Sensibility and Economics in the Novel, 1740-1800 argues that the sentimental novel, usually seen as a 'feminine' genre concentrating exclusively on emotional response, is in fact actively involved in contemporary economic and political debates. Introducing works of economic theory alongside sentimental fiction, Gillian Skinner shows how discourses of sentimentalism are closely related to the developing discourses of economics in the period. Both discourses unite in the representation of the working woman in sentimental fiction, a figure hitherto ignored but vital to understanding the emergence of characters (largely, although not exclusively, female) designed to effect an unprecedented union of sensibility, femininity and economic ability. Spanning the period encompassing the rise, heyday and decline of sentimentalism, the book considers how the trajectory of the movement affected the sentimental novel's treatment of economic issues and their relations to discourses of sensibility and femininity, and assesses the impact of the pressures of the post-Revolutionary 1790s on these areas.
'Skinner's substantial book boldly takes on the common assumption that sentimental novels avoid the economic and political. We need not read those concerns into the novels, insists Skinner; they are already there to be read. Many examples are offered, but the most impressive is the reading of A Sentimental Journey. First-rate analyses of later novels pinpoint the particular features of sensibility that come to characterize commerce.' - Clifford Siskin, Studies in English Literature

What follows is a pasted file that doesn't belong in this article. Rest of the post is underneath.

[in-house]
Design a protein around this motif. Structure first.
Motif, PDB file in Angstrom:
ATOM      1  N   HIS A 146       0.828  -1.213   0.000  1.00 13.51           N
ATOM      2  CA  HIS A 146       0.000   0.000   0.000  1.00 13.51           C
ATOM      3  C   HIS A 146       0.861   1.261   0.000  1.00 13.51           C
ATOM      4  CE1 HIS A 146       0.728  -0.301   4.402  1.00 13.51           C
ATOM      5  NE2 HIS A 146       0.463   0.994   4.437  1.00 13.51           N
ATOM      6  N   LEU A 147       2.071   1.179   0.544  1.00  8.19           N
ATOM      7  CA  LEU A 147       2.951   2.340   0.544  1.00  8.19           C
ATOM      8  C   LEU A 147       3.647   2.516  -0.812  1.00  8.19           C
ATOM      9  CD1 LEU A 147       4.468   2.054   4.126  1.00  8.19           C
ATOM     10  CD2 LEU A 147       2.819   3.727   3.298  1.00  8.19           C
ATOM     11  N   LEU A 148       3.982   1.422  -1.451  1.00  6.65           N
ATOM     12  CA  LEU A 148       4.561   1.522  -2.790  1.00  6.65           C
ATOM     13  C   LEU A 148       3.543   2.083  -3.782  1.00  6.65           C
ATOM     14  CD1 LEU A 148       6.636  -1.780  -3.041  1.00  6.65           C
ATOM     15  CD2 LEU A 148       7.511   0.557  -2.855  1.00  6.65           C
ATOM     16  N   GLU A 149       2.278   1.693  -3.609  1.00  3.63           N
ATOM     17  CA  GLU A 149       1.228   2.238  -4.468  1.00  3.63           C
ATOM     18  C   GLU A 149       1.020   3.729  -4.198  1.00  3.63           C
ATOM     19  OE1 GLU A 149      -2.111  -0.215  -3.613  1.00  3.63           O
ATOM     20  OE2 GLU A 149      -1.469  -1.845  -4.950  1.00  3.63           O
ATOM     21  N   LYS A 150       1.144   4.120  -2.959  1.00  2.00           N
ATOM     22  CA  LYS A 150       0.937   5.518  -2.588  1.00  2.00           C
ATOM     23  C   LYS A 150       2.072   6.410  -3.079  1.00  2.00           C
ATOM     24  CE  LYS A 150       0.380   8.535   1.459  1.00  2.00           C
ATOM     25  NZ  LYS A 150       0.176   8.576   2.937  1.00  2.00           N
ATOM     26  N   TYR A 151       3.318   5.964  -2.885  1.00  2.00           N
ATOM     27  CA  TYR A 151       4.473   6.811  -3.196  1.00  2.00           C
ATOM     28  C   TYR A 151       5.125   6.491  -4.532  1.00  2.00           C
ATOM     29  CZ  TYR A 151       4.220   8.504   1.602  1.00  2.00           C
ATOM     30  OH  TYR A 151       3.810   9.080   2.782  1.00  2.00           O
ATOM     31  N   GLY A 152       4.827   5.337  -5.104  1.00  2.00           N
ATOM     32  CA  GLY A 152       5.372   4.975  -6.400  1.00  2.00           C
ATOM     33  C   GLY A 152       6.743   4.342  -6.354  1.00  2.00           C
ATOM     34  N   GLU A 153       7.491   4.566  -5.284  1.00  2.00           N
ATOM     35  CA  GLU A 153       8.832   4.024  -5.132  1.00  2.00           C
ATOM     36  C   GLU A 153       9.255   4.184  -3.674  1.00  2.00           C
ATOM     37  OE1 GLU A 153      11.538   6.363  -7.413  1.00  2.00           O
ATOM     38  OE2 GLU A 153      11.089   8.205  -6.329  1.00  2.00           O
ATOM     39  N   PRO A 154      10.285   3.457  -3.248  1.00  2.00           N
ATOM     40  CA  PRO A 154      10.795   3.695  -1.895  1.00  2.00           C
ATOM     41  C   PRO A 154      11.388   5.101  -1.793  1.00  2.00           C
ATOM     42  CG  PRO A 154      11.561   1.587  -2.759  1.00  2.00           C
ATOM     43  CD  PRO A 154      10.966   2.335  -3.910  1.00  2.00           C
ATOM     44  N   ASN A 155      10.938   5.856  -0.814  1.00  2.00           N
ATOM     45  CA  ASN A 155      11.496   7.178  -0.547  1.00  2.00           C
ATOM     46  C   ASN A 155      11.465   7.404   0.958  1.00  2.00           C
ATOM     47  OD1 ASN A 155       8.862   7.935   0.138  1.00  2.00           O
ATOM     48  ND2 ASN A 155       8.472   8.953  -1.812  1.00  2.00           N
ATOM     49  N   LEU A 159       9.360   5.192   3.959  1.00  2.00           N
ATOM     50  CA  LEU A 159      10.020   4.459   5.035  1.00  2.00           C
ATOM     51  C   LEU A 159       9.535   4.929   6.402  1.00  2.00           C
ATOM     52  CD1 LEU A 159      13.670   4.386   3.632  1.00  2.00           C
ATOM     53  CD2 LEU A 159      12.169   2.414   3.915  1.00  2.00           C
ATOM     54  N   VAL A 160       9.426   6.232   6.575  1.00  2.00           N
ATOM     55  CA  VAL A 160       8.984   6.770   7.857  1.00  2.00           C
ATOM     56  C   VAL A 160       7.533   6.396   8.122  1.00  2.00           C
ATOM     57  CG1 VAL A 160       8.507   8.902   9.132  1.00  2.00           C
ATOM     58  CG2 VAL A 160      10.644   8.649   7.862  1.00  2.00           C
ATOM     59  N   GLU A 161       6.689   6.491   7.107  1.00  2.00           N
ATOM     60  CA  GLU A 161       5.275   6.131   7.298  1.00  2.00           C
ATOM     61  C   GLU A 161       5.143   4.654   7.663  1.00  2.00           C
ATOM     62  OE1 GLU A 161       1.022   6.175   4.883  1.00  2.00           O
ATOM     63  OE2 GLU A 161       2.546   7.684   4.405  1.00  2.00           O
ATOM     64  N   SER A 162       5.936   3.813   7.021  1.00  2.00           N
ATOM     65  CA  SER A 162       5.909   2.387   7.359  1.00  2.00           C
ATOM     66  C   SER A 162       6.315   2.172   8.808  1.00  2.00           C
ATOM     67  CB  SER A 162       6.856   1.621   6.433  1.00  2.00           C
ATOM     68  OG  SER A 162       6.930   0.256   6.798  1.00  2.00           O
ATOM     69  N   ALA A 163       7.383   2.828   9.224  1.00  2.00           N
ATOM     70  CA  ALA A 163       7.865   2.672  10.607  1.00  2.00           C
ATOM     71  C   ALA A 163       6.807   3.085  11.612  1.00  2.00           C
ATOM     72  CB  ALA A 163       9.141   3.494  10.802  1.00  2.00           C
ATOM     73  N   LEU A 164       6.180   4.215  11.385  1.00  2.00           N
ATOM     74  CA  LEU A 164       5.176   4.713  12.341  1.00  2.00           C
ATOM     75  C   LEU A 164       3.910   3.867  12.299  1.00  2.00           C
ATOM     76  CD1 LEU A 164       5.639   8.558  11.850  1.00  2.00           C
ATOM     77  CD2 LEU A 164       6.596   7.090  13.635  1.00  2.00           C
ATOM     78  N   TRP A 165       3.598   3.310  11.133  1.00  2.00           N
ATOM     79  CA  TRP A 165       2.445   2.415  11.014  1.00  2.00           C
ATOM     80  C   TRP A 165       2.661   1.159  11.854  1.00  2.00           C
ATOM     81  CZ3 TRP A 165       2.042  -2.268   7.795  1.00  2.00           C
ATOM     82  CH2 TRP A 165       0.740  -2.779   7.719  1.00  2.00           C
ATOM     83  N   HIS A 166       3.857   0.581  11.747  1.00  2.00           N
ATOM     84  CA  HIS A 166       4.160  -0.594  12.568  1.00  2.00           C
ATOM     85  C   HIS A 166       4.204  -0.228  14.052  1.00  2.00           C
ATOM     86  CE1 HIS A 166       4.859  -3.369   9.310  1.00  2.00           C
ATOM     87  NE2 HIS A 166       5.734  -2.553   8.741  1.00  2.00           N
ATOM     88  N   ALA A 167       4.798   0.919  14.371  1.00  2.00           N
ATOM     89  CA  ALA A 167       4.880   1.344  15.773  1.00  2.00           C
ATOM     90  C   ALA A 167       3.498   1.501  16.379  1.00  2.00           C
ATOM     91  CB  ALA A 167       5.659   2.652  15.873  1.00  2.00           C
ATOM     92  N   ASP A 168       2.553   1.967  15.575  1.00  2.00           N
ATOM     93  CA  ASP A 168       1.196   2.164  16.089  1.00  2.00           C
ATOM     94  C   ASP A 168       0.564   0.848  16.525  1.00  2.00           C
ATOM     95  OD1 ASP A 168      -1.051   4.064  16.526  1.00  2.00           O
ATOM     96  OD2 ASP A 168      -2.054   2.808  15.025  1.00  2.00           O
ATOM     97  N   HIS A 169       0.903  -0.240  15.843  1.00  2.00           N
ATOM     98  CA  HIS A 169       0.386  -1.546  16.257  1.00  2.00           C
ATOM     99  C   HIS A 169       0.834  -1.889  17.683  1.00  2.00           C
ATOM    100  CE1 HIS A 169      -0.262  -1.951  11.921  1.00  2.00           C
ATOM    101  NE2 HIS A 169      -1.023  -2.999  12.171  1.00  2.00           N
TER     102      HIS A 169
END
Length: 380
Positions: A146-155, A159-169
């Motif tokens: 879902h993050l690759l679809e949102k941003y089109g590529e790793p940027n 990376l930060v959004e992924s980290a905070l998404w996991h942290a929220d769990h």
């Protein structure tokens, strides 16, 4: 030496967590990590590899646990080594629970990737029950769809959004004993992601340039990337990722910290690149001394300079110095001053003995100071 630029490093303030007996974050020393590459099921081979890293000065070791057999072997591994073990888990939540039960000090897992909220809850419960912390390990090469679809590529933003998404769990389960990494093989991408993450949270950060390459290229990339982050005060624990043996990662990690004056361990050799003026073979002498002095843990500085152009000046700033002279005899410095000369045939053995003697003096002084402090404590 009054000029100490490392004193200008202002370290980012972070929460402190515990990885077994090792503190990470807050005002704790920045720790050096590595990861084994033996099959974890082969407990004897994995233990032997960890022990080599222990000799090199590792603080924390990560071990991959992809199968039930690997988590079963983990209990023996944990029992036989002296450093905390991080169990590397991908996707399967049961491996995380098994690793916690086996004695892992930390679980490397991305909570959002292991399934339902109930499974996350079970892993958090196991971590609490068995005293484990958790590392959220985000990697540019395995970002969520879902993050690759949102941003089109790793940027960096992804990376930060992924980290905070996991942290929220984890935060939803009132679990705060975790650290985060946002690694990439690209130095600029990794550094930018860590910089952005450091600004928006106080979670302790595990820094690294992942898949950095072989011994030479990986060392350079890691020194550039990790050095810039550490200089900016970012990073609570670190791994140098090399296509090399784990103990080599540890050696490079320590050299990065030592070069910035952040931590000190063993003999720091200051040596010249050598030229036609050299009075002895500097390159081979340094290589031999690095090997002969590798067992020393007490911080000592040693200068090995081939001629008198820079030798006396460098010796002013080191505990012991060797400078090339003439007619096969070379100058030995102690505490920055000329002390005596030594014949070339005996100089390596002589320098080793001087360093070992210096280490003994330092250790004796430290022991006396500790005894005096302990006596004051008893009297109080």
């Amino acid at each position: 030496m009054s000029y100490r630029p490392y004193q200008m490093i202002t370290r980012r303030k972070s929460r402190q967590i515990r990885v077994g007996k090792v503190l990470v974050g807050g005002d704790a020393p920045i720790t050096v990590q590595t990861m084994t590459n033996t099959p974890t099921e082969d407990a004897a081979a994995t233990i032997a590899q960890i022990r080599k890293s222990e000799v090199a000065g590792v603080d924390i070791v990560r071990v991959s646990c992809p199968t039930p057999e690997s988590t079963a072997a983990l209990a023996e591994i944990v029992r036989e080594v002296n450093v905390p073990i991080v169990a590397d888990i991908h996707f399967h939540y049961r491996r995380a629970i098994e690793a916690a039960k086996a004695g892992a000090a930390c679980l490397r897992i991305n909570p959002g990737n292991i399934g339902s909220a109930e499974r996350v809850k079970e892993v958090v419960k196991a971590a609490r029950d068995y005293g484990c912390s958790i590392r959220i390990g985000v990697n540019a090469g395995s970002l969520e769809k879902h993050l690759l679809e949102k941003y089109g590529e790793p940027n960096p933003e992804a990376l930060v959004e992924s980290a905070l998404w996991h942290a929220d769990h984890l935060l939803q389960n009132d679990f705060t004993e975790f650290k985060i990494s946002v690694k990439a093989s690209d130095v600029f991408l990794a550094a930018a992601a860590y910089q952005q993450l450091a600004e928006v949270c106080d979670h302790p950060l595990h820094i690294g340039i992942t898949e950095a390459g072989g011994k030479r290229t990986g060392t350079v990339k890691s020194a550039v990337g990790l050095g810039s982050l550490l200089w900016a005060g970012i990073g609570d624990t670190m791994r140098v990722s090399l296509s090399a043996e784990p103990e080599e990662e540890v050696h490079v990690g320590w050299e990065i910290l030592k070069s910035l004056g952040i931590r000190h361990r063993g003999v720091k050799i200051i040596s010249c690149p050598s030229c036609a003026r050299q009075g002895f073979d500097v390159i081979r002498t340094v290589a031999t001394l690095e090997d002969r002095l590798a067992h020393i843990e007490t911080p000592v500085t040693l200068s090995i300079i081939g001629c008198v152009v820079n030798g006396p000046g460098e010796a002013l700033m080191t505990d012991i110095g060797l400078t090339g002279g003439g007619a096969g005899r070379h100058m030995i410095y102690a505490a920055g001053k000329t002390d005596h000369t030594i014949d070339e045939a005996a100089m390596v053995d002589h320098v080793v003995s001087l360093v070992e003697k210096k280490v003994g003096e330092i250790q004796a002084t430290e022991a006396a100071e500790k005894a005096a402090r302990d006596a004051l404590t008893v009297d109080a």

'Gillian Skinner's Sensibility and Economics in the Novel makes an important and compelling contribution to the new economic criticism that has gained so much interest in our field in the last few years. [...] What distinguishes Skinner most prominently from many other treatments of economics and the novel is her attention to gendered authorship. Thus, instead of making claims about women writers with scant reference to their male counterparts or claims about the novel with scant attention to gender or women, Skinner shows how in several different ways the perspective of women writers can interestingly differ from that of their male contemporaries. In doing so, she makes an important contribution to the ongoing conversation about gender, fiction, and economics.' - Laura J. Rosenthal, Florida State University